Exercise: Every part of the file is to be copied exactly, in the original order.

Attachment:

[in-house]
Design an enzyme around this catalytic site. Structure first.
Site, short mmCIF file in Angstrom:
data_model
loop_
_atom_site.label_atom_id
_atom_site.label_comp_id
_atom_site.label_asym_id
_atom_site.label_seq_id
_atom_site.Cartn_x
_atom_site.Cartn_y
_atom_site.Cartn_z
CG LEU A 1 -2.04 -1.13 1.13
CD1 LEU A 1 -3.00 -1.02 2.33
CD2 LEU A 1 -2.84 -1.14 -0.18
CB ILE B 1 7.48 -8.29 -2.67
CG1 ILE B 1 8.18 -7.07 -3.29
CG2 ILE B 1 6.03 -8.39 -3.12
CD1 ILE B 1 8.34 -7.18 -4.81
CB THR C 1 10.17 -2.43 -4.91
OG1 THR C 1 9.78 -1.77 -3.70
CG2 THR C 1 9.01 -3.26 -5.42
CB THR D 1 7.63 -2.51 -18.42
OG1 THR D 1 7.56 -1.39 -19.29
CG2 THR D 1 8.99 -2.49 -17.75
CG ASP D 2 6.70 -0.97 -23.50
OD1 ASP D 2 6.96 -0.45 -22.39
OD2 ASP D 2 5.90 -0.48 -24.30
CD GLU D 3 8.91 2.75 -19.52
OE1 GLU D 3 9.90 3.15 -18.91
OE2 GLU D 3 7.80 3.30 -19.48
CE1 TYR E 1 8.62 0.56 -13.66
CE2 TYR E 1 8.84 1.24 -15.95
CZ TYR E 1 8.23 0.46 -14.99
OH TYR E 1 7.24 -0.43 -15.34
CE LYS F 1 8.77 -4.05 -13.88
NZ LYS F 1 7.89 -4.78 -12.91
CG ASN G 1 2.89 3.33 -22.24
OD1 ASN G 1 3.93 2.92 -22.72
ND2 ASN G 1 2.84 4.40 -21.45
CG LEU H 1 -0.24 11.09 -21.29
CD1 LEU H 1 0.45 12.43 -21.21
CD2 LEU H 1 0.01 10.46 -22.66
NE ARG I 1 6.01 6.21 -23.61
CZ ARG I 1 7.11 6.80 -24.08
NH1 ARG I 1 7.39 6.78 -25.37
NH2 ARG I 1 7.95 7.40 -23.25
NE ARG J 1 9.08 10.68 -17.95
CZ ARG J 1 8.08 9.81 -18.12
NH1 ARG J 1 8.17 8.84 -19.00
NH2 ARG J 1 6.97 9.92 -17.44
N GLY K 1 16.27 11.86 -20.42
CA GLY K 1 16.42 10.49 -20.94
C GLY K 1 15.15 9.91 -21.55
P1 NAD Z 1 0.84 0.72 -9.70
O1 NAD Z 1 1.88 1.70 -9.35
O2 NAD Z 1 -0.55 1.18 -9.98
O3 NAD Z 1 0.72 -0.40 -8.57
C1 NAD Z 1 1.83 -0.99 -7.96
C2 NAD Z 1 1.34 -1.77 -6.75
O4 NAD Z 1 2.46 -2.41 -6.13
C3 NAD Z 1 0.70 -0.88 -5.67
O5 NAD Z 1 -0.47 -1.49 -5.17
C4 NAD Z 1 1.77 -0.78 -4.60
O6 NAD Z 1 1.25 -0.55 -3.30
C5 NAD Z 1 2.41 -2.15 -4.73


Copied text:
[in-house]
Design an enzyme around this catalytic site. Structure first.
Site, short mmCIF file in Angstrom:
data_model
loop_
_atom_site.label_atom_id
_atom_site.label_comp_id
_atom_site.label_asym_id
_atom_site.label_seq_id
_atom_site.Cartn_x
_atom_site.Cartn_y
_atom_site.Cartn_z
CG LEU A 1 -2.04 -1.13 1.13
CD1 LEU A 1 -3.00 -1.02 2.33
CD2 LEU A 1 -2.84 -1.14 -0.18
CB ILE B 1 7.48 -8.29 -2.67
CG1 ILE B 1 8.18 -7.07 -3.29
CG2 ILE B 1 6.03 -8.39 -3.12
CD1 ILE B 1 8.34 -7.18 -4.81
CB THR C 1 10.17 -2.43 -4.91
OG1 THR C 1 9.78 -1.77 -3.70
CG2 THR C 1 9.01 -3.26 -5.42
CB THR D 1 7.63 -2.51 -18.42
OG1 THR D 1 7.56 -1.39 -19.29
CG2 THR D 1 8.99 -2.49 -17.75
CG ASP D 2 6.70 -0.97 -23.50
OD1 ASP D 2 6.96 -0.45 -22.39
OD2 ASP D 2 5.90 -0.48 -24.30
CD GLU D 3 8.91 2.75 -19.52
OE1 GLU D 3 9.90 3.15 -18.91
OE2 GLU D 3 7.80 3.30 -19.48
CE1 TYR E 1 8.62 0.56 -13.66
CE2 TYR E 1 8.84 1.24 -15.95
CZ TYR E 1 8.23 0.46 -14.99
OH TYR E 1 7.24 -0.43 -15.34
CE LYS F 1 8.77 -4.05 -13.88
NZ LYS F 1 7.89 -4.78 -12.91
CG ASN G 1 2.89 3.33 -22.24
OD1 ASN G 1 3.93 2.92 -22.72
ND2 ASN G 1 2.84 4.40 -21.45
CG LEU H 1 -0.24 11.09 -21.29
CD1 LEU H 1 0.45 12.43 -21.21
CD2 LEU H 1 0.01 10.46 -22.66
NE ARG I 1 6.01 6.21 -23.61
CZ ARG I 1 7.11 6.80 -24.08
NH1 ARG I 1 7.39 6.78 -25.37
NH2 ARG I 1 7.95 7.40 -23.25
NE ARG J 1 9.08 10.68 -17.95
CZ ARG J 1 8.08 9.81 -18.12
NH1 ARG J 1 8.17 8.84 -19.00
NH2 ARG J 1 6.97 9.92 -17.44
N GLY K 1 16.27 11.86 -20.42
CA GLY K 1 16.42 10.49 -20.94
C GLY K 1 15.15 9.91 -21.55
P1 NAD Z 1 0.84 0.72 -9.70
O1 NAD Z 1 1.88 1.70 -9.35
O2 NAD Z 1 -0.55 1.18 -9.98
O3 NAD Z 1 0.72 -0.40 -8.57
C1 NAD Z 1 1.83 -0.99 -7.96
C2 NAD Z 1 1.34 -1.77 -6.75
O4 NAD Z 1 2.46 -2.41 -6.13
C3 NAD Z 1 0.70 -0.88 -5.67
O5 NAD Z 1 -0.47 -1.49 -5.17
C4 NAD Z 1 1.77 -0.78 -4.60
O6 NAD Z 1 1.25 -0.55 -3.30
C5 NAD Z 1 2.41 -2.15 -4.73